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Organizational Capabilities and Technology Enablers A coherent strategy to secure email requires addressing the problem from many perspectives. Important in creating the strategy is the understanding that new email threats arise every day, that Internet fraud and data theft are big business, and that a strategy that works is one that acknowledges the dynamic nature of the threat and is designed to identify and respond quickly. Seventy-one percent of the Best-in-Class use technology to identify new threats and automatically respond.

Bolstering Inbound Protection In addition to the quick detection of new threats and automatic response, Best-in-Class companies are more apt to use anti-spoofing, anti-phishing, anti-spyware, anti-fraud and anti-key-logger solutions than the Industry Average or Laggard Class. They’re more apt to verify the email sender’s authenticity, and they are more apt to correlate email and Web threats to detect threats that exploit both media.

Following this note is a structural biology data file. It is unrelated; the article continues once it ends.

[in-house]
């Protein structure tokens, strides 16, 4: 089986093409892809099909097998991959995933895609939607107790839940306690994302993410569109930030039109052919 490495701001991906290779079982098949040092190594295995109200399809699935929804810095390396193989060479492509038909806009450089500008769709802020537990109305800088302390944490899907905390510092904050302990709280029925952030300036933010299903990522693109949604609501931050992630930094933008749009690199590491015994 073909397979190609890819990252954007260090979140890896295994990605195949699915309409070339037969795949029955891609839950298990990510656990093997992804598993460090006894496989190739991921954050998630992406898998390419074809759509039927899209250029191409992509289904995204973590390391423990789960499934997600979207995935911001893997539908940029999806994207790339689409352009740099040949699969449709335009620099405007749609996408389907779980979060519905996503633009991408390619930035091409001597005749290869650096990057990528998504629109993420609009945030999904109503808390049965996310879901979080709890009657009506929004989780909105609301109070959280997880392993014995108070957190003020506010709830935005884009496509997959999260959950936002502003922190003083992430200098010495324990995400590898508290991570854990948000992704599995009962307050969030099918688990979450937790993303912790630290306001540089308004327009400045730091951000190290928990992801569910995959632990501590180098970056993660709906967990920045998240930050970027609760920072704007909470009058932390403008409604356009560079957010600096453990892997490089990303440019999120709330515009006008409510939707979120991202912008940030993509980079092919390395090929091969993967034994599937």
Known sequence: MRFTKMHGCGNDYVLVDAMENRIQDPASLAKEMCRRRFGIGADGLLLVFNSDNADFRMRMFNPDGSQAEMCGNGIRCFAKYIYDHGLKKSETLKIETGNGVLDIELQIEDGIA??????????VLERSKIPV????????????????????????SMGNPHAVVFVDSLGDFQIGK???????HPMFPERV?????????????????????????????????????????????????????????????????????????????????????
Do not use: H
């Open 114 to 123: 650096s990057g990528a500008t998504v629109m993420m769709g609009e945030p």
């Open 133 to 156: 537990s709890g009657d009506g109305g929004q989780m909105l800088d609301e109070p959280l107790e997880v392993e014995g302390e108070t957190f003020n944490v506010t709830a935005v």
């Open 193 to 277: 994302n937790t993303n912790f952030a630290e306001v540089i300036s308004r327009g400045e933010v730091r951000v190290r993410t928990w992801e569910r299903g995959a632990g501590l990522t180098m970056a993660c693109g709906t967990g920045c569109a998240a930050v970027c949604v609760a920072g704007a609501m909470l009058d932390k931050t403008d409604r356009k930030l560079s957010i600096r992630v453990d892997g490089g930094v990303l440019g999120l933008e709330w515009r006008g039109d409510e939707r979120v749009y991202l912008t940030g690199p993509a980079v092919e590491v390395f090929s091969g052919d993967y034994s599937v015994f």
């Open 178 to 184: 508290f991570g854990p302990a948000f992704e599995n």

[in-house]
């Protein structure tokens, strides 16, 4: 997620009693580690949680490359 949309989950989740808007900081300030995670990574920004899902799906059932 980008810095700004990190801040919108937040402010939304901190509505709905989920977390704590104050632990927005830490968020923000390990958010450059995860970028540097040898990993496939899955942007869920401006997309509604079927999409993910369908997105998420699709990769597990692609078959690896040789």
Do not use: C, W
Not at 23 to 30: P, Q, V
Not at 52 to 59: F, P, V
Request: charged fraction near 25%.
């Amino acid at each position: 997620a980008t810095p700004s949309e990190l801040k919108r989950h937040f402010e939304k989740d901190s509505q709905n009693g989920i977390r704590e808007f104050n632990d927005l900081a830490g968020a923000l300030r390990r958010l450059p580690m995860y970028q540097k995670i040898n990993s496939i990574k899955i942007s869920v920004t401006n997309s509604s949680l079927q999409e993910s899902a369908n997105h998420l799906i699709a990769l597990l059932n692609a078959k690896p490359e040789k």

Quote “About 80% of the email we receive is spam. I personally receive about 2000 legitimate email on a daily basis. Clearly we need a solution that can handle our volume and not all solutions do.” Managing Director, UK-based Technology Company

Bolstering Outbound Protection On the outbound side, Best-in-Class companies do a better job of ensuring that outbound messages are malware free. They are also more apt to protect email messages in transit. Although the Best-in-Class have deployed more capabilities to protect their email, the Industry Average and Laggard Classes are making plans to catch up, as shown in Figure 3. Figure 3: Best-in-Class Compared to Industry Average Capabilities 0%

10%

20%

30%

40%

50%

60%

70%

43%

Train Users in Safe Practice 15%

25%

33% 34%

31%

17%

Alert Users to Inappropriate Email

70% 41% 25%

Role Based Policies

28%

12% 55%

0% BIC (Planned)

10%

90%

36%

47%

Stop Inappropriate Email from Leaving

80%

20%

30%

IA (Planned)

40%

50%